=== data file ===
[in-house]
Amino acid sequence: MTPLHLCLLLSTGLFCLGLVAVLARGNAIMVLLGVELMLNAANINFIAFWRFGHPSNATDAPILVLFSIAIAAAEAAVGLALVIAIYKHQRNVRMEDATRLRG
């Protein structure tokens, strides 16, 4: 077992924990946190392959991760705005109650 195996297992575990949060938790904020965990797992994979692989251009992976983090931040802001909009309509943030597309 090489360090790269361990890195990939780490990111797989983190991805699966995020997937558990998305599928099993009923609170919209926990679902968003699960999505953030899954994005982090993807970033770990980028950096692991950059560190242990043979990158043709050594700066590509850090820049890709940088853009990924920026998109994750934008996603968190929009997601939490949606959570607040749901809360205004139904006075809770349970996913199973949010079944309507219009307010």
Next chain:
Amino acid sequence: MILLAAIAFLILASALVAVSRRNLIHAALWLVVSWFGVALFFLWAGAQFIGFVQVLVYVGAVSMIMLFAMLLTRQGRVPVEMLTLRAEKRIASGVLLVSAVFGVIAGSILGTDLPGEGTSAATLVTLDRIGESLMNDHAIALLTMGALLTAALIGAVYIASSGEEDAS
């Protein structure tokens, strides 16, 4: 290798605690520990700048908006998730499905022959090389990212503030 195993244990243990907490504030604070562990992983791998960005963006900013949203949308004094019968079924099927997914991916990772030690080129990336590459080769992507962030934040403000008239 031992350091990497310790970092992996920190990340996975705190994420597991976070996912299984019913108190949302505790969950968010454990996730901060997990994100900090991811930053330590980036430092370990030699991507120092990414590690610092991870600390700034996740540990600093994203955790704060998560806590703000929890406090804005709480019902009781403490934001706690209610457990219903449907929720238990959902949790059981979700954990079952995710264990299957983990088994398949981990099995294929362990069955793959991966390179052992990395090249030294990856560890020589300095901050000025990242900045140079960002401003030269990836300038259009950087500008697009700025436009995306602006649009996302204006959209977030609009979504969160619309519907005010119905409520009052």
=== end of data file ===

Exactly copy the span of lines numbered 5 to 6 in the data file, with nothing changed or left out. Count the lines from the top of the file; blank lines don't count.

Amino acid sequence: MILLAAIAFLILASALVAVSRRNLIHAALWLVVSWFGVALFFLWAGAQFIGFVQVLVYVGAVSMIMLFAMLLTRQGRVPVEMLTLRAEKRIASGVLLVSAVFGVIAGSILGTDLPGEGTSAATLVTLDRIGESLMNDHAIALLTMGALLTAALIGAVYIASSGEEDAS
């Protein structure tokens, strides 16, 4: 290798605690520990700048908006998730499905022959090389990212503030 195993244990243990907490504030604070562990992983791998960005963006900013949203949308004094019968079924099927997914991916990772030690080129990336590459080769992507962030934040403000008239 031992350091990497310790970092992996920190990340996975705190994420597991976070996912299984019913108190949302505790969950968010454990996730901060997990994100900090991811930053330590980036430092370990030699991507120092990414590690610092991870600390700034996740540990600093994203955790704060998560806590703000929890406090804005709480019902009781403490934001706690209610457990219903449907929720238990959902949790059981979700954990079952995710264990299957983990088994398949981990099995294929362990069955793959991966390179052992990395090249030294990856560890020589300095901050000025990242900045140079960002401003030269990836300038259009950087500008697009700025436009995306602006649009996302204006959209977030609009979504969160619309519907005010119905409520009052």